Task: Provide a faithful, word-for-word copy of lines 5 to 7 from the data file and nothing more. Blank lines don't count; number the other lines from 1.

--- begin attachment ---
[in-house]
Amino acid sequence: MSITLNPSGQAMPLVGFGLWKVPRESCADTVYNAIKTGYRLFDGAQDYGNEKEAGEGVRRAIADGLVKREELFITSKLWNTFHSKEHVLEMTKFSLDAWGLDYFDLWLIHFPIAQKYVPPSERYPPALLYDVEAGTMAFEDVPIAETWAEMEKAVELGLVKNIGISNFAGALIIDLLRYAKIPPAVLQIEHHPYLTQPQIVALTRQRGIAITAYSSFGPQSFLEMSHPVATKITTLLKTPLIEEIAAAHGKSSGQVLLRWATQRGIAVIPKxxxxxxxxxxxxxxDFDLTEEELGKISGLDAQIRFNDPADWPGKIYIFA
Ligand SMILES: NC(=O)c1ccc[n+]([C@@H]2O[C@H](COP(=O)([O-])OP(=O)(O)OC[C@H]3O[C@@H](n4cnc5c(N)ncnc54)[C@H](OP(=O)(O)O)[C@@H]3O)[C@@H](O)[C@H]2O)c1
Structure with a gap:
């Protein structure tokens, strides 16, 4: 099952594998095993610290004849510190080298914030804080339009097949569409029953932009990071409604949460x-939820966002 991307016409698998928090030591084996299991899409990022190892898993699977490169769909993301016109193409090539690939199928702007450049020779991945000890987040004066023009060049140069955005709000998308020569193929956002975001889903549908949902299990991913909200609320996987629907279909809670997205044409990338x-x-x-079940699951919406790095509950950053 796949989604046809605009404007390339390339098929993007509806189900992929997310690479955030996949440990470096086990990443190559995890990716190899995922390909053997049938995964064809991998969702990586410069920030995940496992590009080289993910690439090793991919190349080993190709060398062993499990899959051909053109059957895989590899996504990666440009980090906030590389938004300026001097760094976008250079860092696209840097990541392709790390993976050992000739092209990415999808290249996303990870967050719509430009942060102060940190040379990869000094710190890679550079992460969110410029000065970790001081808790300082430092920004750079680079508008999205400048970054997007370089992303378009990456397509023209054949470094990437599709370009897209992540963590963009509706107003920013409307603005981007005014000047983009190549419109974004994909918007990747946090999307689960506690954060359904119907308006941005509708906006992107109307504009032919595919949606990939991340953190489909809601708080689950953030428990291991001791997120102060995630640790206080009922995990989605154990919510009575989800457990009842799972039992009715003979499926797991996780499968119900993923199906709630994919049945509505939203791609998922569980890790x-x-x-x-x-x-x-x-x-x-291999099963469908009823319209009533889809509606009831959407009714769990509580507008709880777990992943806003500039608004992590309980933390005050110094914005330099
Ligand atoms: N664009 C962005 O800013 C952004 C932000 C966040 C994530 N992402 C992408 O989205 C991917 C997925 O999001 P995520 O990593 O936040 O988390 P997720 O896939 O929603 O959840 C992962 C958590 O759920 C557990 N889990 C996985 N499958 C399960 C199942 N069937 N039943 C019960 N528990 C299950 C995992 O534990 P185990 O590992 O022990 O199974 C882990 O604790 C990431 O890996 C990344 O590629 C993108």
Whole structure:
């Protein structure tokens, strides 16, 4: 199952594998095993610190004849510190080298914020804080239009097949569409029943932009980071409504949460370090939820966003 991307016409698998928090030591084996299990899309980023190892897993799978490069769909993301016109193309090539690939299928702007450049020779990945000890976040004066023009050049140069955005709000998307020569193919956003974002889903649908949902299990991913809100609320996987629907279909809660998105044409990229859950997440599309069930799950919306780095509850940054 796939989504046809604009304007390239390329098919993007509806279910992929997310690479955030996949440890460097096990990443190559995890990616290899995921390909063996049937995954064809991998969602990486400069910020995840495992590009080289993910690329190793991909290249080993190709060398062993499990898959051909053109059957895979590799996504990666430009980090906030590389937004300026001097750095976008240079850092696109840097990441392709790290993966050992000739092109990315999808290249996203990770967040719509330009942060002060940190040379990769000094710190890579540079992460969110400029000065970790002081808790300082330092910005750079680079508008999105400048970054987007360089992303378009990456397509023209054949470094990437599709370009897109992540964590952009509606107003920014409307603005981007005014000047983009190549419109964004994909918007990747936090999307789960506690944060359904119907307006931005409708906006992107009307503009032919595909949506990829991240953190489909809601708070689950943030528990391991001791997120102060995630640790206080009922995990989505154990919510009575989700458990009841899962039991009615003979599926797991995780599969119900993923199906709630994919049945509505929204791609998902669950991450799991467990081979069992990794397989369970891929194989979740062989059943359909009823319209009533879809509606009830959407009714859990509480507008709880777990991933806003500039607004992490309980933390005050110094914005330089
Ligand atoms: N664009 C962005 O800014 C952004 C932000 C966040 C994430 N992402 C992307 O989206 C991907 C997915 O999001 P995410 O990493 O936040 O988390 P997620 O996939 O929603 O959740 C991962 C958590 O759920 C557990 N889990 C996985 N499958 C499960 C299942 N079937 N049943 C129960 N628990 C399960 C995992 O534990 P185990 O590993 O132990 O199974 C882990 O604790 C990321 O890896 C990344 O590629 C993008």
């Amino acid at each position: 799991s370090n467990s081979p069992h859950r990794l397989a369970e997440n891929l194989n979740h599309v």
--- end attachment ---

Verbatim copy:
């Protein structure tokens, strides 16, 4: 099952594998095993610290004849510190080298914030804080339009097949569409029953932009990071409604949460x-939820966002 991307016409698998928090030591084996299991899409990022190892898993699977490169769909993301016109193409090539690939199928702007450049020779991945000890987040004066023009060049140069955005709000998308020569193929956002975001889903549908949902299990991913909200609320996987629907279909809670997205044409990338x-x-x-079940699951919406790095509950950053 796949989604046809605009404007390339390339098929993007509806189900992929997310690479955030996949440990470096086990990443190559995890990716190899995922390909053997049938995964064809991998969702990586410069920030995940496992590009080289993910690439090793991919190349080993190709060398062993499990899959051909053109059957895989590899996504990666440009980090906030590389938004300026001097760094976008250079860092696209840097990541392709790390993976050992000739092209990415999808290249996303990870967050719509430009942060102060940190040379990869000094710190890679550079992460969110410029000065970790001081808790300082430092920004750079680079508008999205400048970054997007370089992303378009990456397509023209054949470094990437599709370009897209992540963590963009509706107003920013409307603005981007005014000047983009190549419109974004994909918007990747946090999307689960506690954060359904119907308006941005509708906006992107109307504009032919595919949606990939991340953190489909809601708080689950953030428990291991001791997120102060995630640790206080009922995990989605154990919510009575989800457990009842799972039992009715003979499926797991996780499968119900993923199906709630994919049945509505939203791609998922569980890790x-x-x-x-x-x-x-x-x-x-291999099963469908009823319209009533889809509606009831959407009714769990509580507008709880777990992943806003500039608004992590309980933390005050110094914005330099
Ligand atoms: N664009 C962005 O800013 C952004 C932000 C966040 C994530 N992402 C992408 O989205 C991917 C997925 O999001 P995520 O990593 O936040 O988390 P997720 O896939 O929603 O959840 C992962 C958590 O759920 C557990 N889990 C996985 N499958 C399960 C199942 N069937 N039943 C019960 N528990 C299950 C995992 O534990 P185990 O590992 O022990 O199974 C882990 O604790 C990431 O890996 C990344 O590629 C993108």
Whole structure: